Green functions

1. Jun 8, 2006

JohanL

I need a list of Green functions,
for different types of equations and dimensions.

I have tried to use google but with no success.

2. Jun 8, 2006

rcgldr

I got a bunch of hits with a google for "green's theorem", but I'm not sure if there are other functions you're looking for.

3. Jun 8, 2006

FredGarvin

Green functions are not the same thing as Green's Theorem.

I can't honestly say that I have seen anything tabulated. I can't say that I have ever looked for anything like that though either. I was always under the impression that green fuctions are dependent on boundary conditions and the Diff. Eq's being used. I'll keep my eyes open to see if I find anything. You might try searching with "Green's functions" as well. I have heard them refered to in both ways.

EDIT: The first hit I got using the "green's function" search...
http://mathworld.wolfram.com/GreensFunction.html

4. Jun 8, 2006

JohanL

Thx. Yes they are dependent on boundary conditions. But for the more simple cases i was sure to find tables of green functions.

Something like

$$-\frac {1} {2\pi}ln(\rho_1- \rho_2) ;\frac {i} {4}H_0[k(\rho_1- \rho_2)];\frac {1} {2\pi}K_0[k(\rho_1- \rho_2)]$$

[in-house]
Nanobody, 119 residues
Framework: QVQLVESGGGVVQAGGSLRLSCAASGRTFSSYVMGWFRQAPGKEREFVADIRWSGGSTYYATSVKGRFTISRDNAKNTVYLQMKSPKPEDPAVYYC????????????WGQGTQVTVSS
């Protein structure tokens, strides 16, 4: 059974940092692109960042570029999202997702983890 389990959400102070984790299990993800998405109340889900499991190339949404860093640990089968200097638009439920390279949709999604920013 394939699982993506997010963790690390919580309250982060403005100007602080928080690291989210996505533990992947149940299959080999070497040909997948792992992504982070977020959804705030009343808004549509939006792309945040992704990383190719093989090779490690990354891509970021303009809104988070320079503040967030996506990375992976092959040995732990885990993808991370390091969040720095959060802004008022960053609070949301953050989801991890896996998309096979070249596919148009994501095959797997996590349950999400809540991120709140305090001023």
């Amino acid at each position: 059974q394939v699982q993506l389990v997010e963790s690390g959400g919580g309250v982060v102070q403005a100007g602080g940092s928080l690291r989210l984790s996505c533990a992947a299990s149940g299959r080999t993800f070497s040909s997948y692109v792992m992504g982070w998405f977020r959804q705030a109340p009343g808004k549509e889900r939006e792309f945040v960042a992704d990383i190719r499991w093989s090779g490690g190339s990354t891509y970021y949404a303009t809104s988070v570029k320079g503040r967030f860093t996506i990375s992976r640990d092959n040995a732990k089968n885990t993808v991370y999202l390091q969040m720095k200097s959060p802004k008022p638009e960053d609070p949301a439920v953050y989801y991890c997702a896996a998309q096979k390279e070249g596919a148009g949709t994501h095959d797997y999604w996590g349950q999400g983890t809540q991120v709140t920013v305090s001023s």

for Laplace, Helmholtz and modified Helmholtz in the plane when G goes to 0 as r goes to infinity.
And also in 3 dimensions, for a sphere with homegenous diricihlet on the boundary, the diffusion equation, the wave equation etc.

Green functions are very useful when solving P.D.E and therefor i thought i could find some good tables. But none of my mathematical handbooks have this and i havent found any on internet yet either.

Last edited: Jun 8, 2006
5. Jun 8, 2006

pmb_phy

There exists no such list since a "Green Function" is any function whose Laplacian equals $\delta$(|x-x'|). There is an infinity of such functions.

Pete

6. Jun 8, 2006

jarvis

Green functions are not confined to differential equations containing the Laplacian, they work under an arbitrary differential operator. The Green function is by definition the solution to a differential equation under application of a unit impulse source term. The beautiful thing about Green functions is that once I know the solution for a unit impulse, I can obtain the solution for an arbitrary source by a convolution of the Green function with that source. This is of course predicated on linearity of the solutions.

7. Jun 8, 2006

WMGoBuffs

Check out the first chapter or two of Jackson Electrodynamics for everything you would ever care to know about green functions.

8. Jun 10, 2006

JohanL

Thats the Green function for the Laplace operator.
How is a general green function different from general solutions to ODEs, integrals etc? There are tables of those.
I found a short table of green functions in Arfken.

9. Jun 10, 2006

JohanL

Thx, but thats probably Laplace and Poisson differential operator only?

10. Jun 10, 2006